Pilsen Outpost, 1958 W. 21st Street. Wednesday–Sunday, 10am–8pm. Closed Monday–Tuesday. (773) 492-2412. (Maria Alvarez)


Best Spot to Grab a Cup of Joe

Bow Truss Coffee Roasters

Bow Truss’s small window-front café is narrow, steeped in warm colors, and infused with an overwhelming smell of strong coffee from the moment you enter the door. But what’s less obvious about this Chicago roaster company is its excellent taste and growth, even only nine months after the opening of its Pilsen location. Will Anderson, Head of Wholesale and Events Coordinator, tells me that less than a year later, Bow Truss not only fits in, but has grown with Pilsen’s strong sense of community. The café’s employees live in the neighborhood, the regulars are “fiercely regular”, and most of all, everyone “gets it.” When I ask if he can put a finger on what exactly “it” is, Anderson says that Bow Truss feels organic, fueled by the community and their local artists, many of whom showcase their work during live music nights. They rarely hire self-proclaimed “coffee snobs” and want the booming café industry to be more inclusive than its pretentious stigma dictates. Anderson believes that the only thing Bow Truss is fixing up within the neighborhood is a solid cup of coffee, no snobbery added.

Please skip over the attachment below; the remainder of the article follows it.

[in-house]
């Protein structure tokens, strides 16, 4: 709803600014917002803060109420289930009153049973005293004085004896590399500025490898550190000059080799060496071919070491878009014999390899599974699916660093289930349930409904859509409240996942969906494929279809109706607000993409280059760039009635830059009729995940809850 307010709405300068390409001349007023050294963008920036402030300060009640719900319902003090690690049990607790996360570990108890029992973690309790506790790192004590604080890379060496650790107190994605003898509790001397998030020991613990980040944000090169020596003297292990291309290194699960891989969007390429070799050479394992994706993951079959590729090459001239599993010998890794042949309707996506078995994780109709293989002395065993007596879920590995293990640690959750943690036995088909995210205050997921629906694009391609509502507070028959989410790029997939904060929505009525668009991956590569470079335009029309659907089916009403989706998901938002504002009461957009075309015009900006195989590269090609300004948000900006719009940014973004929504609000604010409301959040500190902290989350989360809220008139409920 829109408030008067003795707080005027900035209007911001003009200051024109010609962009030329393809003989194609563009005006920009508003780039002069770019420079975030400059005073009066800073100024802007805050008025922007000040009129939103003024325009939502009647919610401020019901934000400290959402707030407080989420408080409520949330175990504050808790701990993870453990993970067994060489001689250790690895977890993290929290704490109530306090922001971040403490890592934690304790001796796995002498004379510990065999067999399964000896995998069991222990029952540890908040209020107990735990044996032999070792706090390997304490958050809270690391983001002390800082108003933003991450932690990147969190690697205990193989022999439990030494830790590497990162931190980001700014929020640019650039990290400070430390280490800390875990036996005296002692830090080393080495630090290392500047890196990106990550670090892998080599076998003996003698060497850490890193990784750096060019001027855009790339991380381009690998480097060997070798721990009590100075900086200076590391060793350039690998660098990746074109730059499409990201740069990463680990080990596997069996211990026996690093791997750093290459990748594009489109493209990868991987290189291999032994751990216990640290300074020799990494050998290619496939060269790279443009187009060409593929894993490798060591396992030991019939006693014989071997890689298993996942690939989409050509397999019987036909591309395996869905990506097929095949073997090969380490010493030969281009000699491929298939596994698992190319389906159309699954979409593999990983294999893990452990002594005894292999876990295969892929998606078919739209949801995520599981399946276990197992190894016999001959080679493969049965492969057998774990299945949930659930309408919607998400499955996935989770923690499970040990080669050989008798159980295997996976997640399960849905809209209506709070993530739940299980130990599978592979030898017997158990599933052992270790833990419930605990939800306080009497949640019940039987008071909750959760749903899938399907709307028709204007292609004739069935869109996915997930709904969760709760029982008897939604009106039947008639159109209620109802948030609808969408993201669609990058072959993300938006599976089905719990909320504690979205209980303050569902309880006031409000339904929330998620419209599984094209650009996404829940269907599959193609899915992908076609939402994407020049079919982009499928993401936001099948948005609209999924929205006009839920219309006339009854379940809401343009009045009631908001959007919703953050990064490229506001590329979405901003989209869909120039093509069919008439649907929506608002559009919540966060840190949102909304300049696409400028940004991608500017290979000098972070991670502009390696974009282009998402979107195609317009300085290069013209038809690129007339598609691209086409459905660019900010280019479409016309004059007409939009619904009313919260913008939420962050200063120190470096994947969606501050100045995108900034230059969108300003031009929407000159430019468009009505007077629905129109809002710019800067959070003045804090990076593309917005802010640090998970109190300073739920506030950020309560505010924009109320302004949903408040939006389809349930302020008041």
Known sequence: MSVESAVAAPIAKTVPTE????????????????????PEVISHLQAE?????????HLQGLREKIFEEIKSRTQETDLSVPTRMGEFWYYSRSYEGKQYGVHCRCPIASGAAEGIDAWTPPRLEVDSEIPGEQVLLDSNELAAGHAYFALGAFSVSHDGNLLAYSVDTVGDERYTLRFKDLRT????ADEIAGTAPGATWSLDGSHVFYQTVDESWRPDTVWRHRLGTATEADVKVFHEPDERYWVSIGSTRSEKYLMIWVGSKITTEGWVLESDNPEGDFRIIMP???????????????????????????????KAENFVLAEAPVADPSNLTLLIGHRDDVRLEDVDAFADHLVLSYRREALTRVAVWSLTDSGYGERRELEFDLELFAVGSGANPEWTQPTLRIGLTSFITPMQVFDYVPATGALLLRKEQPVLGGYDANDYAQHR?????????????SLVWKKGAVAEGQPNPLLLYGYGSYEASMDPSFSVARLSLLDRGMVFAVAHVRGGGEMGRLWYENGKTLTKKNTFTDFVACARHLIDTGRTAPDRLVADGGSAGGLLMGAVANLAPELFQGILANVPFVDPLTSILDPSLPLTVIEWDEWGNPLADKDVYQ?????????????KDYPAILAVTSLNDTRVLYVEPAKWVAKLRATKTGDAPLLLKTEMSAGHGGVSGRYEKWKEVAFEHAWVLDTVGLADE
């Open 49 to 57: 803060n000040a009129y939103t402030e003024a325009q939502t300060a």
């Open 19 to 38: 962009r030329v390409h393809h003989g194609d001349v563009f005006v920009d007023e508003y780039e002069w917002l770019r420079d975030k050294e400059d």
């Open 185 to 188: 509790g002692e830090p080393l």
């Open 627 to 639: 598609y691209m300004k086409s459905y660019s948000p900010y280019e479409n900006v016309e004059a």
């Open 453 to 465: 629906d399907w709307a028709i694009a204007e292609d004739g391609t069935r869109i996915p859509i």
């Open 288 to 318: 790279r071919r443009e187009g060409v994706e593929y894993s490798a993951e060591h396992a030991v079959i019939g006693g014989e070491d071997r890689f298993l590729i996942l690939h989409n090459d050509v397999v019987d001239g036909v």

Bow Truss, 1641 W. 18th Street. Monday–Saturday, 7am–6pm; Sunday, 8am–6pm. (312) 243-2983. (Sammie Spector)

Best Vegan Tamales

Yvolina’s Tamales

It’s nearly impossible to find a good tamale unless you know the right people (i.e. my grandmother). Trying to find a good vegan tamale? Might as well give up now. Enter Yvolina’s Tamales, which serves up twenty-seven different types of tamales, be it at her stand at Pilsen Community Market or in her new storefront. Out of all twenty-seven, which range from savory to sweet, the real stars of the operation are the vegan tamales. They are served Oaxacan style, as large square tamales wrapped in banana leaves and filled with anything from spinach and mushroom to kale. However, for the non-vegans out there, Yvolina’s makes tamales to suit any palate; just be sure to get to her stand early, because Yvolina, sells out quickly, especially on Sunday mornings.